Microsoft Reportedly Acquires GitHub

It has been a weekend of gossip and speculation, but it appears Microsoft and GitHub have agreed to an acquisition and the arrangement could be announced as early as Monday, Bloomberg reported on Sunday. GitHub attracts over 27 million software developers with over 80 million repositories of code.

The deal is supposedly similar to LinkedIn, although since neither company has publically commented on the acquisition, the value of the purchase is unknown. GitHub was last valued at $2 billion on the private markets in 2015.

GitHub has become a community and a popular hosting service for developers. Microsoft is one of the biggest contributors to GitHub. In a perfect world, this acquisition will increase Microsoft’s standing with many developers. GitHub is a primary medium for developers to share, and almost every software developer uses Microsoft’s programming tools and operating systems. Microsoft offers many open source tools, however, in 2017, Microsoft killed Codeplex, its own GitHub competitor, saying that the startup’s popularity made its efforts redundant and unnecessary.

One speculation for the purchase is to increase the competition against Amazon Web Services.

According to Business Insider, “Microsoft offers a whole swath of tools for developers, including the increasingly-popular Visual Studio Code software and the open-source .NET Core programming framework. The popularity of these kinds of tools provides a gentle, but effective, funnel towards the Microsoft Azure cloud and other Microsoft products and services — if you like one Microsoft product, it’s more likely that you’ll choose other Microsoft products, especially if they integrate cleanly.”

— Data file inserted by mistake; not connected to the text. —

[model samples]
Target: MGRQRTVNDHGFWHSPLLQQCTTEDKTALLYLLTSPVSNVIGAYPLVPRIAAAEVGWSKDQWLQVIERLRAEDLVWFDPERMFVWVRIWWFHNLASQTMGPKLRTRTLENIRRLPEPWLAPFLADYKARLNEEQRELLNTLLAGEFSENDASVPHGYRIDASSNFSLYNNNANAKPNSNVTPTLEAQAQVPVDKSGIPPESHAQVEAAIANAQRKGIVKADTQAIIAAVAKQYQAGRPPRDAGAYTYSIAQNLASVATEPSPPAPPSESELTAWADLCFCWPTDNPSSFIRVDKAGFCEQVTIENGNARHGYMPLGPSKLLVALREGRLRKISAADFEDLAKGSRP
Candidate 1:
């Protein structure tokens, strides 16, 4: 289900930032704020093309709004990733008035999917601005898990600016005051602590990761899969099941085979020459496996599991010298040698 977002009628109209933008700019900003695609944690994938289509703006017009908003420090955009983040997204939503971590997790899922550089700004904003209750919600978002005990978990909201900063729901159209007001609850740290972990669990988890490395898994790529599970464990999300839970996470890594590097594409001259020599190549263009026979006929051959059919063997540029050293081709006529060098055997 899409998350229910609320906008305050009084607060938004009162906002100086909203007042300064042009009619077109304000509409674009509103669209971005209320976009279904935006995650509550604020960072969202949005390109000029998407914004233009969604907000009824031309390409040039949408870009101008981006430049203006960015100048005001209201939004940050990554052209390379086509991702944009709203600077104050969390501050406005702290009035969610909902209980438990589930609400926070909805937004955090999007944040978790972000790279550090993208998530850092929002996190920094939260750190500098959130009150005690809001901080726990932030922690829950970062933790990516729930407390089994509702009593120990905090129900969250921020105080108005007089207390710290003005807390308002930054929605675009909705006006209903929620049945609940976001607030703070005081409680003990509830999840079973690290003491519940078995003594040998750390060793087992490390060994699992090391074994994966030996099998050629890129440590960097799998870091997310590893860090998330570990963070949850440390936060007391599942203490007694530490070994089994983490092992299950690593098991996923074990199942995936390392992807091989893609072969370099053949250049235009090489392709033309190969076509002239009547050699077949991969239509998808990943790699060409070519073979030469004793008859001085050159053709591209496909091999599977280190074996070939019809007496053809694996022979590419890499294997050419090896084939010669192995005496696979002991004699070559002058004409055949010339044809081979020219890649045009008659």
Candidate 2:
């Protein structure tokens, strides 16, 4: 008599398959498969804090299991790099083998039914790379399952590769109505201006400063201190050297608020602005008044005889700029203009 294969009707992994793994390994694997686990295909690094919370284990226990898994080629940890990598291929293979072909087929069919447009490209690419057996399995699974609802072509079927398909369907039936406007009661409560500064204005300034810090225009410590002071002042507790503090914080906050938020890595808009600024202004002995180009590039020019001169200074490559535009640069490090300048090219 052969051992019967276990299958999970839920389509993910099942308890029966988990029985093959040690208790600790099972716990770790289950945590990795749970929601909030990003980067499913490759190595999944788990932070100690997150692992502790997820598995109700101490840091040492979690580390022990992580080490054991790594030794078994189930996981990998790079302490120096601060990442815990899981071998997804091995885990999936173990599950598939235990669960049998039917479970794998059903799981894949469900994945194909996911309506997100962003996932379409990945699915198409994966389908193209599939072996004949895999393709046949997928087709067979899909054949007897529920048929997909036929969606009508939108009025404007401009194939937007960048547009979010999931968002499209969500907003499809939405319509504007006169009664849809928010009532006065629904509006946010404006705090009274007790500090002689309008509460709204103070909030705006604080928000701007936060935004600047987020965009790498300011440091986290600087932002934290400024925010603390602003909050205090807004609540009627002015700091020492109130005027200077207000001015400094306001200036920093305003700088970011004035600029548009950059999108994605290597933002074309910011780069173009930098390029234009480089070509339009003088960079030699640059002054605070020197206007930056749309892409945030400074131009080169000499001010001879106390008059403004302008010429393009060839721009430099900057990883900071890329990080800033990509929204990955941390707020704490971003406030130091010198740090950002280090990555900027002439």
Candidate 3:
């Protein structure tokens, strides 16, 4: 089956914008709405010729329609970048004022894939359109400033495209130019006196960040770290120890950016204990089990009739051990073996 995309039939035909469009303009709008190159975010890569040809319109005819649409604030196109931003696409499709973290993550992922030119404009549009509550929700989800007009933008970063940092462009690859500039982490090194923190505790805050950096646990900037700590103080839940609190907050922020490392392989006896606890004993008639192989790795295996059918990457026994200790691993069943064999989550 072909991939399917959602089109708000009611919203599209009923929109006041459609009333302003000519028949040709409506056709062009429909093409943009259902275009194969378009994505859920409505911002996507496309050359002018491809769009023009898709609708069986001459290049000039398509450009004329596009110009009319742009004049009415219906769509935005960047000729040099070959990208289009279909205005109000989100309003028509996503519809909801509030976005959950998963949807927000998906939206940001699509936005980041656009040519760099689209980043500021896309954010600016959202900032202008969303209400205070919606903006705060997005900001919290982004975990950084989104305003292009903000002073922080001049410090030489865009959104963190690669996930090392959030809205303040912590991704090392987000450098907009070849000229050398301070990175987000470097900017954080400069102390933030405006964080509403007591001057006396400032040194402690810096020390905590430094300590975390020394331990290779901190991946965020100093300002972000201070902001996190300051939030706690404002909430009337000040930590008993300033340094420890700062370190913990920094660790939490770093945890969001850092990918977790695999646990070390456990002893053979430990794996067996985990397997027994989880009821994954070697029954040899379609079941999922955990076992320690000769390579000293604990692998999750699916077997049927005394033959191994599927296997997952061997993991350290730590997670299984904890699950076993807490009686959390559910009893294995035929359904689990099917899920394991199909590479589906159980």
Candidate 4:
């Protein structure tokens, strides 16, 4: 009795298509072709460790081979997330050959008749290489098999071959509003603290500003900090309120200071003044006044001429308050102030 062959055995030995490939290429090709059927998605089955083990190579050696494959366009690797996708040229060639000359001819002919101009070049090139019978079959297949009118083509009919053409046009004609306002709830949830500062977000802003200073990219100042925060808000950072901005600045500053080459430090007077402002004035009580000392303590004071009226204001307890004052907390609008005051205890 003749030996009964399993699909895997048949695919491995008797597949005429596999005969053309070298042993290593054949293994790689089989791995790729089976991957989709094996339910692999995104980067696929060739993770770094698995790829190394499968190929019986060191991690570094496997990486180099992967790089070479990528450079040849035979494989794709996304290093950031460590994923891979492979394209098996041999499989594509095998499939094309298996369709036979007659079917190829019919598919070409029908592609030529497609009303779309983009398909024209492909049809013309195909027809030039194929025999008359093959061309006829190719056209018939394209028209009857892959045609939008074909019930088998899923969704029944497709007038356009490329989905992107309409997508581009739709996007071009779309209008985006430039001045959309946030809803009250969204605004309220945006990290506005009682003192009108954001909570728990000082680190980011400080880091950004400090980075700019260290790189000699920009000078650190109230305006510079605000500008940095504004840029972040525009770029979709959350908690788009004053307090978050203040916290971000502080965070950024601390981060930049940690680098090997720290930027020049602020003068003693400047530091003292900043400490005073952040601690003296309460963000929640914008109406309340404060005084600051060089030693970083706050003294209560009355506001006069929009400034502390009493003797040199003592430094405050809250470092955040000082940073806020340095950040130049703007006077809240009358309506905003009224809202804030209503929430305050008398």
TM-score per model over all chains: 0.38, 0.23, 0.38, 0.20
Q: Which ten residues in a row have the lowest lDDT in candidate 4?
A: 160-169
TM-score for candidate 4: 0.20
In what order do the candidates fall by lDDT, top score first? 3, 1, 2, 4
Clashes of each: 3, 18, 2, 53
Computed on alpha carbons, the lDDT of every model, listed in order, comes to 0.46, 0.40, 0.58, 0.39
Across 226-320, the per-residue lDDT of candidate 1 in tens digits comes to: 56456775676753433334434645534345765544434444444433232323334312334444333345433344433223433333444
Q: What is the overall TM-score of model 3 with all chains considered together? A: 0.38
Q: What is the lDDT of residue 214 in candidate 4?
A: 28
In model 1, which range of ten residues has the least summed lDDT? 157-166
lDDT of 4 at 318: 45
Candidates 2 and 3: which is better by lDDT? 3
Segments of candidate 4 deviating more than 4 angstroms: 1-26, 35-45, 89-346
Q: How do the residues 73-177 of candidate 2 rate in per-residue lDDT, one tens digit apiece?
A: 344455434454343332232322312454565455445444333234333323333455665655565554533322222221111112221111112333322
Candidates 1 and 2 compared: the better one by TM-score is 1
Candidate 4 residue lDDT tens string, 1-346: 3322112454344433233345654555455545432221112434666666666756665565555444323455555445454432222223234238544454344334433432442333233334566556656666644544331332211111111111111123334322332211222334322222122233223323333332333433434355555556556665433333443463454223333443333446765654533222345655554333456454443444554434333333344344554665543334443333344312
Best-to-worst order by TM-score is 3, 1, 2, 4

GitHub has been unsuccessful in hiring a new CEO, a position that has been vacant for ten months. It has also not made a profit since its inception ten years ago. According to Bloomberg, “Microsoft has talked to GitHub on and off for a few years. Recently they began talks about a partnership but progressed to discussing an acquisition, according to another person familiar with the situation.”

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When Microsoft bought LinkedIn, Microsoft CEO Satya Nadella said: “LinkedIn is not just about having your profile and finding a job, but being able to find your economic opportunity.”

According to Business Insider, Nadella went on to say that, LinkedIn isn’t just a social network, it’s a way to track opportunities and find and develop the skills you need to stay competitive, economically speaking, in an age when change is the only constant.

This could be another step for Microsoft to invest thoroughly in making sure that its current and future talent have the skills they needed to succeed in the modern economy.

Shannon Pritchett is the editor of SourceCon. As a lifelong student in the recruitment industry, Shannon is passionate about improving it. Shannon has a diverse background in training, sourcing, international recruitment, full desk recruiting, coaching, and journalism. Shannon got her start in the recruitment industry at Vanderbilt University and later worked as a Senior Recruiter for Internal Data Resources and Community Health Systems, Social Media Recruitment Ambassador for T-Mobile USA, Director of Recruiting for Moxy, Trainer with AIRS, and last as a Manager of Global Sourcing and Training for ManpowerGroup Solutions RPO.

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